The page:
If the two mistakes are intended to defraud the creditors, for example so as to suggest that your sister owns a different property worth substantially more money, then that could be a big deal.
But, the bankruptcy code
permits amendment of the petition at any time prior to plan confirmation -- so, it's not that big a deal, as long as the petition is actually amended.
Also, everything is relative, if we're talking about a huge percentage of the bankruptcy estate's equity being tied up in this one asset, then that would be a bigger deal, than if the equity is a small portion of the estate.
Regardless, a Chapter 11, unlike a Chapter 7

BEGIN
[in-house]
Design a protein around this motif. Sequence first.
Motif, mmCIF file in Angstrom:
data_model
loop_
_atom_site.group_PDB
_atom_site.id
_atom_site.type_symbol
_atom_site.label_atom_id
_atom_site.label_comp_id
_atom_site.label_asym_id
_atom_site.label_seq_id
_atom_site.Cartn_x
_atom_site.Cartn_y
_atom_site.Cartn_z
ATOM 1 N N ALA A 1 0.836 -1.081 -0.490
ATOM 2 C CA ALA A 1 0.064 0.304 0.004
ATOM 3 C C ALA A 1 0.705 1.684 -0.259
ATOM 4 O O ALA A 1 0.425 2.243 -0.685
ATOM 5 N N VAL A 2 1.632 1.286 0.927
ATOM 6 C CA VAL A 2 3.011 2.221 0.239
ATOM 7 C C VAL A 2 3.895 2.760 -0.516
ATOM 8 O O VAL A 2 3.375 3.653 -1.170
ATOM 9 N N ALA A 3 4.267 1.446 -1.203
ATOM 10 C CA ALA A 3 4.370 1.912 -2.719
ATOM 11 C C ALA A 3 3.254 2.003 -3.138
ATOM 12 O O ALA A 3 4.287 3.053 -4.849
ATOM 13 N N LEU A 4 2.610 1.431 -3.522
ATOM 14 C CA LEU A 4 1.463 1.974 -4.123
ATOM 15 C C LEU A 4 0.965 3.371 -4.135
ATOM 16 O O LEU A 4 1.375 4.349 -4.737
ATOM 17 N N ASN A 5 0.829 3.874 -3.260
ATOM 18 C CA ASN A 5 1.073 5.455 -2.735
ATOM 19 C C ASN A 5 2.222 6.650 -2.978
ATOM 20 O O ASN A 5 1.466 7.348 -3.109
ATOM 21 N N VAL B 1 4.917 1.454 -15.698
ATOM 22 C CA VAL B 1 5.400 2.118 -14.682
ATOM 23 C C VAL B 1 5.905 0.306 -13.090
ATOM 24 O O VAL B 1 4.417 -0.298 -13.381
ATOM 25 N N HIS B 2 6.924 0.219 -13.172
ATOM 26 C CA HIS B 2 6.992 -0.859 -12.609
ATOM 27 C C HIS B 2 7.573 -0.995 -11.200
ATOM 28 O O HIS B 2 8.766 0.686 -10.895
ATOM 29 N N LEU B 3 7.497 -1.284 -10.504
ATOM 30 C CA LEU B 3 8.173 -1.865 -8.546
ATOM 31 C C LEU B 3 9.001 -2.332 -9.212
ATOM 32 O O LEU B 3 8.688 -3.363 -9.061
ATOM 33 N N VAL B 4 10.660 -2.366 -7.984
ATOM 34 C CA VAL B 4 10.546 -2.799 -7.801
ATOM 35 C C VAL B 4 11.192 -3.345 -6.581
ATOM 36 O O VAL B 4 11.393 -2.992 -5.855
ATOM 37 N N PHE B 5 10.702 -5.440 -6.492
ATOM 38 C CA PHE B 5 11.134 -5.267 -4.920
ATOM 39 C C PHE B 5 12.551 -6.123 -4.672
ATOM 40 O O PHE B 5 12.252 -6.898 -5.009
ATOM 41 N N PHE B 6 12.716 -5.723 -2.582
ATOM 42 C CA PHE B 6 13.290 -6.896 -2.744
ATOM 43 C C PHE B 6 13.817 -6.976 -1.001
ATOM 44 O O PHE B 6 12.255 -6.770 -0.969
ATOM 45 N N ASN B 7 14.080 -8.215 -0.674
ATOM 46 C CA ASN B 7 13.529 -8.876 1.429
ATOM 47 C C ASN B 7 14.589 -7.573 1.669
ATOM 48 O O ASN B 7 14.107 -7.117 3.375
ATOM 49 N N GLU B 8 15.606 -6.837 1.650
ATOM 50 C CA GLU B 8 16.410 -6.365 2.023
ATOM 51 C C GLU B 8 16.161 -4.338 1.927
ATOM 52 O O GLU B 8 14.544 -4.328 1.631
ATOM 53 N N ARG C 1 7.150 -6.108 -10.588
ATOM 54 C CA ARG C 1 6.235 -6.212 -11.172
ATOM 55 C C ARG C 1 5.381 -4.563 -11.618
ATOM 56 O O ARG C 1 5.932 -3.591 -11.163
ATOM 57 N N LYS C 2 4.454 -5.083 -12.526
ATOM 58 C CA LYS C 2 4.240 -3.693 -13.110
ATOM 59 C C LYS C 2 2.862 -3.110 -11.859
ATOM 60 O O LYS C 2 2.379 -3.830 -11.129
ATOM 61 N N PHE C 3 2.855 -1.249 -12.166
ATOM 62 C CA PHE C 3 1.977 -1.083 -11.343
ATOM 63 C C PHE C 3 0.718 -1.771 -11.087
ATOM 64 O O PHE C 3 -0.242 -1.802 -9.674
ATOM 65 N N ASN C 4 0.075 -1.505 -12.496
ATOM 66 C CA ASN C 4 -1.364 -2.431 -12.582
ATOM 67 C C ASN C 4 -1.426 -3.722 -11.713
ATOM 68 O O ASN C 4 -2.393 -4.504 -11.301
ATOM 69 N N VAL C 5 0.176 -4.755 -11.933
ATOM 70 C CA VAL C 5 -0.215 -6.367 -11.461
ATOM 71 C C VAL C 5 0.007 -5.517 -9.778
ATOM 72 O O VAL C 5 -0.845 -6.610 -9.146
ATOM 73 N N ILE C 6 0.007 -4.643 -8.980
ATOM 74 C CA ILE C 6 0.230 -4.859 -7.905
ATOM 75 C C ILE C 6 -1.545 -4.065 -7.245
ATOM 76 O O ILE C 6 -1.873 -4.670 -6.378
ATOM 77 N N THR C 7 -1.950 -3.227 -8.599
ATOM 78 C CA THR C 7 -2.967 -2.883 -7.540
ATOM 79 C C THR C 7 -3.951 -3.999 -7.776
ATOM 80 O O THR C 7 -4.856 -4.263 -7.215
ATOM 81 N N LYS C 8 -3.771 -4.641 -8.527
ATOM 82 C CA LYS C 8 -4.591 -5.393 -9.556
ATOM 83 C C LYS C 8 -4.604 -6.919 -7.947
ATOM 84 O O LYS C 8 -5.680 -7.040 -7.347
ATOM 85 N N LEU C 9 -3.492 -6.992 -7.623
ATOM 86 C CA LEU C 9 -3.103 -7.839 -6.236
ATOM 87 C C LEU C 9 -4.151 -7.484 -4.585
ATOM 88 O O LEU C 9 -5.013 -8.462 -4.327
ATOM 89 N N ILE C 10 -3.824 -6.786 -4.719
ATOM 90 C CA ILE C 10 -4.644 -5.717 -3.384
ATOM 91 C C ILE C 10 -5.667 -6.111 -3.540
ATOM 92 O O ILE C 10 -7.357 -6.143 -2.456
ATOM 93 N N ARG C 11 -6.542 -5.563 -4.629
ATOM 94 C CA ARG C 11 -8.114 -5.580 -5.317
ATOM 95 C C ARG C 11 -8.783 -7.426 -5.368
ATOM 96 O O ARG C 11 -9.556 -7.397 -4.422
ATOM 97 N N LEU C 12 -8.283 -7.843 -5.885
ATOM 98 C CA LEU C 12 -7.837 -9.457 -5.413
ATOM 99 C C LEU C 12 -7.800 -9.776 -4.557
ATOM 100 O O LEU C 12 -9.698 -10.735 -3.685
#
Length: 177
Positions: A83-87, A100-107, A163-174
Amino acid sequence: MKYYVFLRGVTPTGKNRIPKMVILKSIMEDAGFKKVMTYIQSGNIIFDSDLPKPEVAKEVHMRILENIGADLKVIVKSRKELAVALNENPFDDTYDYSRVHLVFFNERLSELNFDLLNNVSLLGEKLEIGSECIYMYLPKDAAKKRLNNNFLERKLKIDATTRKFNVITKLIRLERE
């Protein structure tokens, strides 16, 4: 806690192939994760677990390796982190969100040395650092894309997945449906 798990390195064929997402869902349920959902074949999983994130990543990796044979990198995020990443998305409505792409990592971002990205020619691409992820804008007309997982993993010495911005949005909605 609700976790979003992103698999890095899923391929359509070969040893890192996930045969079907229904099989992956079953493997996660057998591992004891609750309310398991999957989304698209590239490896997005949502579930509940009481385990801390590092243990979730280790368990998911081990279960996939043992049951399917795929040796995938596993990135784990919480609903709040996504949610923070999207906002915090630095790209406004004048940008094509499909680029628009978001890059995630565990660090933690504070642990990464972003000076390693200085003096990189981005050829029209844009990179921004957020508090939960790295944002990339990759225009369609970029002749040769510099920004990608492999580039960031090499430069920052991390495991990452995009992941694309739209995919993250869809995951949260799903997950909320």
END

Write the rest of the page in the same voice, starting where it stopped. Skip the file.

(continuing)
or 13, requires a lot of active attorney management. So, I would be surprised if the petition is not amended sooner, rather than later.
If you are concerned that the attorneys are potentially damaging your sister's future interests, and your sister is rejecting your attempts to help, then all I can say is that I admire your dedication -- but, sometimes, you must allow time for professionals to do their job. If this issue remains unresolved and it appears that the bankruptcy plan is close to confirmation, then I would yank your sister's hair and tell her to get a second opinion -- before it's too late.
Hope this helps.